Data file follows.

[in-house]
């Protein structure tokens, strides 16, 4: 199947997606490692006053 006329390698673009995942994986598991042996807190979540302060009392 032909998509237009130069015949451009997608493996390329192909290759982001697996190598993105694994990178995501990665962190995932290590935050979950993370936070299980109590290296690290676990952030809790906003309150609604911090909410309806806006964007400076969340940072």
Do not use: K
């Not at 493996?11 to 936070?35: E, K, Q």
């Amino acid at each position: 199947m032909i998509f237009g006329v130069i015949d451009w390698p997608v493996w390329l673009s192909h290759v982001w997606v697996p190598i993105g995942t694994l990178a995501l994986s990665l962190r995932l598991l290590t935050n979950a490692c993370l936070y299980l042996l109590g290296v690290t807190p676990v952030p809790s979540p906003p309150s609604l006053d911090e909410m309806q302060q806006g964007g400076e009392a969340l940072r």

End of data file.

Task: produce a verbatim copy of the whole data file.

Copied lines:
[in-house]
């Protein structure tokens, strides 16, 4: 199947997606490692006053 006329390698673009995942994986598991042996807190979540302060009392 032909998509237009130069015949451009997608493996390329192909290759982001697996190598993105694994990178995501990665962190995932290590935050979950993370936070299980109590290296690290676990952030809790906003309150609604911090909410309806806006964007400076969340940072």
Do not use: K
């Not at 493996?11 to 936070?35: E, K, Q």
């Amino acid at each position: 199947m032909i998509f237009g006329v130069i015949d451009w390698p997608v493996w390329l673009s192909h290759v982001w997606v697996p190598i993105g995942t694994l990178a995501l994986s990665l962190r995932l598991l290590t935050n979950a490692c993370l936070y299980l042996l109590g290296v690290t807190p676990v952030p809790s979540p906003p309150s609604l006053d911090e909410m309806q302060q806006g964007g400076e009392a969340l940072r």